Republican presidential candidate Donald Trump speaks to the media during the National Federation of Republican Assemblies at Rocketown in Nashville, Tennessee August 29, 2015.  REUTERS/Harrison McClary  - RTX1Q7TE
  • Dalai Lama calls for universal teaching of compassion
    The Dalai Lama had long kept up a demanding schedule, crossing the globe for speaking engagements until doctors recently told him to slow down. Special correspondent Fred de Sam Lazaro sits down with the 80-year-old spiritual leader to discuss his hopes for spreading peace and winning autonomy for Tibet, as well as why he says he’s not sure there’s a need for a next Dalai Lama.
    Original Air Date: October 6, 2015
  • Ann Romney on her battle with multiple sclerosis
    Ann Romney, wife of former governor and Republican presidential candidate Mitt Romney, had what appeared to be the perfect life. In her new memoir, "In This Together: My Story," she writes about what it was like grappling her identity after being diagnosed with multiple sclerosis. She talks with Judy Woodruff about health care, her treatments and the 2016 race for the White House.
    Original Air Date: October 6, 2015
  • DOJ aims to release 6,000 nonviolent drug offenders
    The Justice Department announced a plan for the largest ever one-time release of federal prisoners. Jeffrey Brown speaks to Maurice Chammah of The Marshall Project about the decision to set free some 6,000 inmates, part of a broader push to provide relief to individuals hit with harsh sentences and to reduce overcrowded prisons.
    Original Air Date: October 6, 2015
    Photo of prison guard with prisoner by Halfdark via Getty Images
  • Should the U.S. keep many troops in Afghanistan?
    With a surge by the Taliban and the Islamic State's entry into Afghanistan, does the future role of the U.S. military in that country need to evolve? Judy Woodruff talks to Scott Smith of the United States Institute of Peace and retired Lt. Gen. David Barno, former commander of Coalition Forces in Afghanistan, about keeping troops on the ground and the strike on Doctors Without Borders.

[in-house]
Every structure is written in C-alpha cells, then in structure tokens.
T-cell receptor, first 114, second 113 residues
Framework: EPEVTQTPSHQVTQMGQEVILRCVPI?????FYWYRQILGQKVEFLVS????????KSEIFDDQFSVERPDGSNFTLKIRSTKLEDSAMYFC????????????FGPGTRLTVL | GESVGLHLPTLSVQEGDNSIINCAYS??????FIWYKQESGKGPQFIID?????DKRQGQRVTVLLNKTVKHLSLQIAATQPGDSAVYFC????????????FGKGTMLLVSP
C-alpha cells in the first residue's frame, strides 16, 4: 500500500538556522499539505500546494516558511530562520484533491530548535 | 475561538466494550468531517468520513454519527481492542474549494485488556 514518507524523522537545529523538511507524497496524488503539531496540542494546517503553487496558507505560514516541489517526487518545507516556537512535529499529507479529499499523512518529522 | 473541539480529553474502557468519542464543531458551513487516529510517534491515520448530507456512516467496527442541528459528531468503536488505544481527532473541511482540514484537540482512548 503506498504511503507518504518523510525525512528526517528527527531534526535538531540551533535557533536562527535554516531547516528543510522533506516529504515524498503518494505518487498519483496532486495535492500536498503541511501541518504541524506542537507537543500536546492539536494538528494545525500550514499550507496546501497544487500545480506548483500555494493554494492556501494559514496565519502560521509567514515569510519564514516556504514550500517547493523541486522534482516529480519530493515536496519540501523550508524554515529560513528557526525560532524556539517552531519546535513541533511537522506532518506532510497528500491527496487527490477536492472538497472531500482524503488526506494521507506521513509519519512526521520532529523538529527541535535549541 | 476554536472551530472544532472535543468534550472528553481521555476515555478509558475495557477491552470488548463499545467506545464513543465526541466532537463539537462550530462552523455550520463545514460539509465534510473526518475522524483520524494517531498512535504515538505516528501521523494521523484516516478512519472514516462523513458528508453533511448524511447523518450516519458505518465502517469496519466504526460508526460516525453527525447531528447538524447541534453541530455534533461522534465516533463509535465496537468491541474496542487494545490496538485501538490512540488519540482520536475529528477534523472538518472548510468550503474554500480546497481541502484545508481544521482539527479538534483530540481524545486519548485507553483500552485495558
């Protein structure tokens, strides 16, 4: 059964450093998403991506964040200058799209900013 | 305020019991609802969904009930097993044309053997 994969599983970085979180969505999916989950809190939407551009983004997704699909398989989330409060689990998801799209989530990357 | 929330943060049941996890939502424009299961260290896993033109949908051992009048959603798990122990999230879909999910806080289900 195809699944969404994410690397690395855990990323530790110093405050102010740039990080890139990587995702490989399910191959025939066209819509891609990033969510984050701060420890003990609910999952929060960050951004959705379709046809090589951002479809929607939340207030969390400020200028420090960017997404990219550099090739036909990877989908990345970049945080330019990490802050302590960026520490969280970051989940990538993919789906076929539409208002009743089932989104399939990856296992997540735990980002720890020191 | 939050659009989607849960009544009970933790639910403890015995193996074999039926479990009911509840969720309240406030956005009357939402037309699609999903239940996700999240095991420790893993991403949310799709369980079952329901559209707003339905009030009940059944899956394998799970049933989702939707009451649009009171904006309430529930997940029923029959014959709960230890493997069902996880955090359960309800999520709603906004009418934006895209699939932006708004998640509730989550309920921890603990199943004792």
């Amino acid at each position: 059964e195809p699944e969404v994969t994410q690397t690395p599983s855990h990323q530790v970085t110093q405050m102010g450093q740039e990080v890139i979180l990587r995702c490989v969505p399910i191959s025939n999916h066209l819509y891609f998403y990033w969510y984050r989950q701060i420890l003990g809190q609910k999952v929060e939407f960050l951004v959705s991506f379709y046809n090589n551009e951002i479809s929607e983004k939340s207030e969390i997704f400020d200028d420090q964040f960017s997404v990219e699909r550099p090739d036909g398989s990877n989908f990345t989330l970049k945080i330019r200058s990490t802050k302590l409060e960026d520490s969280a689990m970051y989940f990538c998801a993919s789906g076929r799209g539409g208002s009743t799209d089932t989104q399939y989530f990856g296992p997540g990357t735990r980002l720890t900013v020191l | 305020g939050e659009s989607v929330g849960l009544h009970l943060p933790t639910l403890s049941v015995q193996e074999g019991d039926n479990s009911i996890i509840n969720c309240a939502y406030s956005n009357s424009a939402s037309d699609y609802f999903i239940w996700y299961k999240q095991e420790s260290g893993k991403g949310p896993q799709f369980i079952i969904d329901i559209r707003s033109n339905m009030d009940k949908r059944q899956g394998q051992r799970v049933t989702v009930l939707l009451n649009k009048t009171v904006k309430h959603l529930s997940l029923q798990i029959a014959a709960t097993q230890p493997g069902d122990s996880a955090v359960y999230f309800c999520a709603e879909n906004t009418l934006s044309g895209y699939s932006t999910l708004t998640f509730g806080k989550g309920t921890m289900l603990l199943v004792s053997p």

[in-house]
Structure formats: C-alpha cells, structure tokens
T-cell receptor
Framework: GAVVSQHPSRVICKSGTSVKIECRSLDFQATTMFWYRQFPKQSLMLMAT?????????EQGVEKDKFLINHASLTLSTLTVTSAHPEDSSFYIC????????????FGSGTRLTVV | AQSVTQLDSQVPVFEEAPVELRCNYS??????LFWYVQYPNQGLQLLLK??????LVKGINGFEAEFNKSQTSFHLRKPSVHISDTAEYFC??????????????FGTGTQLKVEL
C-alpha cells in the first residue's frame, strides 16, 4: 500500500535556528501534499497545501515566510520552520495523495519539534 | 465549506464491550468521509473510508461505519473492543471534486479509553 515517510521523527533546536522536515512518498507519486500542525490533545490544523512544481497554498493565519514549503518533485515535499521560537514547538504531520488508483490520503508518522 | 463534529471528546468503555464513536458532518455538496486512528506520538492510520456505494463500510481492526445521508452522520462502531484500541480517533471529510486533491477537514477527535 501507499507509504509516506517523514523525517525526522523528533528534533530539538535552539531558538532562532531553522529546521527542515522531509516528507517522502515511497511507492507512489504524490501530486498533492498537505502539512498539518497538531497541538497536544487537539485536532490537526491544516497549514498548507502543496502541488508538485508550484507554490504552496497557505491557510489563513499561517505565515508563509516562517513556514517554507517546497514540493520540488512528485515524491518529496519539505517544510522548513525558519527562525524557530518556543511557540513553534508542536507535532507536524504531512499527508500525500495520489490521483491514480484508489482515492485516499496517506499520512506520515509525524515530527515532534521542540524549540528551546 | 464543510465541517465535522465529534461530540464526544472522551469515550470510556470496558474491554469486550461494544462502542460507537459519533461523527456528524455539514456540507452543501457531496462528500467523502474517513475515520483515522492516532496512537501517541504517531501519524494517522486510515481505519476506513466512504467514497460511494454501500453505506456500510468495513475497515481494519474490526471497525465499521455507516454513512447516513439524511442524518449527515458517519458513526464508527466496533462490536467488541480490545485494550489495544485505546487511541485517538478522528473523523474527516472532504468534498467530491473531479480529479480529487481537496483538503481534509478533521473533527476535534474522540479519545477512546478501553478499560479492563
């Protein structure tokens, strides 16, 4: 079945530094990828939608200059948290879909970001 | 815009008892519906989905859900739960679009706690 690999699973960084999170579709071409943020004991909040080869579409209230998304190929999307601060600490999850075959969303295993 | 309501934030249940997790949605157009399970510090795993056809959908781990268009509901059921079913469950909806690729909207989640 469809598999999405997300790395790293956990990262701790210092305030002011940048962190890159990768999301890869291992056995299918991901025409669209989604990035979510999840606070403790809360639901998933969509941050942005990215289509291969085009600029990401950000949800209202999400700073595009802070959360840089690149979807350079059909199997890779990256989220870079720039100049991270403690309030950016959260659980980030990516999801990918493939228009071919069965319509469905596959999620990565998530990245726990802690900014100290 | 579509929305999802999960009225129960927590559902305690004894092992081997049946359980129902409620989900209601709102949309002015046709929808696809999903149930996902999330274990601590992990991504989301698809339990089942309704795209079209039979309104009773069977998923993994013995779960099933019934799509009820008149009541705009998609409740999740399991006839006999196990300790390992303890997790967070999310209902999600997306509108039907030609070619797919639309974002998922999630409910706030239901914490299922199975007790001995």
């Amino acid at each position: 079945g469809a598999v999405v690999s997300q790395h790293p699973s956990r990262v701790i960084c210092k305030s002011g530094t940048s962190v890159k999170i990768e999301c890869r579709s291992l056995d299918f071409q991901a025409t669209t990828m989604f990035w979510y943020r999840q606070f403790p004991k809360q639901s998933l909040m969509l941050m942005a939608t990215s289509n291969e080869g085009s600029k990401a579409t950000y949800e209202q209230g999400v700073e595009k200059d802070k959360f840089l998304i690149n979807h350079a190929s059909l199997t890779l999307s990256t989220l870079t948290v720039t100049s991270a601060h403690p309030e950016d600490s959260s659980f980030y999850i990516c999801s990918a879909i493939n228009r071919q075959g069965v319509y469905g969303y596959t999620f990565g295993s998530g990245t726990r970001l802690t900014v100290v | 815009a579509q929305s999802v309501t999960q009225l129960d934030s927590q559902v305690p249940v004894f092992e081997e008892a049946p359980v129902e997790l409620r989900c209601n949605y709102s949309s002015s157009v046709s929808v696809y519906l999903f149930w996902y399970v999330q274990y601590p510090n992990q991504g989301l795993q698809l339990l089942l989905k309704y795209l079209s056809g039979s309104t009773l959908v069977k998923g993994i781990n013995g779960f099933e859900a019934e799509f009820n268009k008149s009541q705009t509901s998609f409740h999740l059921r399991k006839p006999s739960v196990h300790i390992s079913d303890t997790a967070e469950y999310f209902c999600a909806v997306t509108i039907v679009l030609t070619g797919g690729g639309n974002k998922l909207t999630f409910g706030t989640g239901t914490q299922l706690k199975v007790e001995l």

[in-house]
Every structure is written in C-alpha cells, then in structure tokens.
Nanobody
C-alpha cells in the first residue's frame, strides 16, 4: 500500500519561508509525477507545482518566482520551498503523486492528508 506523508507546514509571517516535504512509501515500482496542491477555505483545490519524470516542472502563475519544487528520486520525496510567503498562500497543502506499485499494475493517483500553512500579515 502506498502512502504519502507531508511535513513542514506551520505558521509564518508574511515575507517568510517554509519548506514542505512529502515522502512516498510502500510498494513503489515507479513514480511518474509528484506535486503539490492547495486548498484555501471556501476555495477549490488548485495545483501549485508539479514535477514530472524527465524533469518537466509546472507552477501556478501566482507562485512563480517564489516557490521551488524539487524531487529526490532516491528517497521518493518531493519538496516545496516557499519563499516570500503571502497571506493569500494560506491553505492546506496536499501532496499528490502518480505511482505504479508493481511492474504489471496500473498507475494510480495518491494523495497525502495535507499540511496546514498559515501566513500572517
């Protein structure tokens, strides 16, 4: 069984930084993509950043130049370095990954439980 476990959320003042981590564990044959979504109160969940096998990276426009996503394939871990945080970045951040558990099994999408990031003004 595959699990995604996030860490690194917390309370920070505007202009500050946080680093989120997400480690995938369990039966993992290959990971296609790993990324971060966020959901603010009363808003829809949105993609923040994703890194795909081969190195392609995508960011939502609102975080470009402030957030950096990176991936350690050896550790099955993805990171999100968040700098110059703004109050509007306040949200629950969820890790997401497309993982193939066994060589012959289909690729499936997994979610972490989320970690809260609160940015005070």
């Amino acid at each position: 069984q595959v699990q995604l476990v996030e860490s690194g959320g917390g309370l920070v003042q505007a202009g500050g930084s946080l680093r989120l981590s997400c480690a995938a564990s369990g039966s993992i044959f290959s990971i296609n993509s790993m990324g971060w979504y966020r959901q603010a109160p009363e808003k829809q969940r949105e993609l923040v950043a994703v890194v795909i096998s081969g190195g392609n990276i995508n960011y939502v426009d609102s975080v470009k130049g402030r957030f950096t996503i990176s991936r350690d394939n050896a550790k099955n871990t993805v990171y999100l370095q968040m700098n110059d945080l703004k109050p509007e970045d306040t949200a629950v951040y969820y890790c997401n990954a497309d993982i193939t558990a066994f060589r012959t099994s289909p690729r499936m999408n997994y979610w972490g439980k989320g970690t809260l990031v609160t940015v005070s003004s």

Original Air Date: October 6, 2015
  • Top U.S. commander recommends revising Afghan drawdown plan
    Gen. John Campbell acknowledged at a Senate Armed Services hearing that a strike against a target that turned out to be a Doctors Without Borders hospital was an American decision, made within the U.S. chain of command. Campbell also said he's proposed extending the U.S. presence in Afghanistan beyond the 2016 deadline laid out by the president. Judy Woodruff reports.
    Original Air Date: October 6, 2015
  • News Wrap: NATO chief blasts Russian violation of air space
    In our news wrap Tuesday, the head of NATO rejected Russia's claim that its planes twice accidentally strayed into Turkey while on bombing runs in Syria, calling the actions "unacceptable." Also, at a meeting of European officials in Brussels. Turkey warned that 3 million more refugees could flee the fighting in Syria.
    Original Air Date: October 6, 2015
  • Why 'Over the Rainbow' takes us to a magical, musical place
    What makes the song "Over the Rainbow" an indelible classic? Jeffrey Brown talks to composer and musician Rob Kapilow, who helps explain why we love the story of a girl caught yearning for both home and adventure.
    Original Air Date: October 6, 2015
  • Drenched South Carolina warns of more flooding to come
    The rain has stopped, but South Carolina's flood disaster is still gripping the state. Some towns are being inundated a second time, as runoff water from upstream heads for the coast. Gov. Nikki Haley warned that even as areas start drying out, some low-lying communities will face danger. William Brangham reports.
    Original Air Date: October 6, 2015
  • PBS NewsHour full episode October 6, 2015
    Tuesday on the NewsHour, South Carolina assesses flood damage and warn of danger to come. Also: The top U.S. commander in Afghanistan comes under fire for a mistaken airstrike, the Justice Department plans early releases for 6,000 inmates, Ann Romney discusses her new memoir, the Dalai Lama on whether he will have a successor and an appreciation of “Over the Rainbow.”
    Original Air Date: October 6, 2015
    COLUMBIA, SC - OCTOBER 6:  Emergency personnel look out over sandbags at the breach in the Columbia Canal on October 6, 2015 in Columbia, South Carolina. The state of South Carolina experienced record rainfall amounts over the weekend and continues to face resulting flooding. (Photo by Sean Rayford/Getty Images)

Monday, October 5, 2015

  • ‘Brave Man’s’ glass bridge offers vertigo-inducing views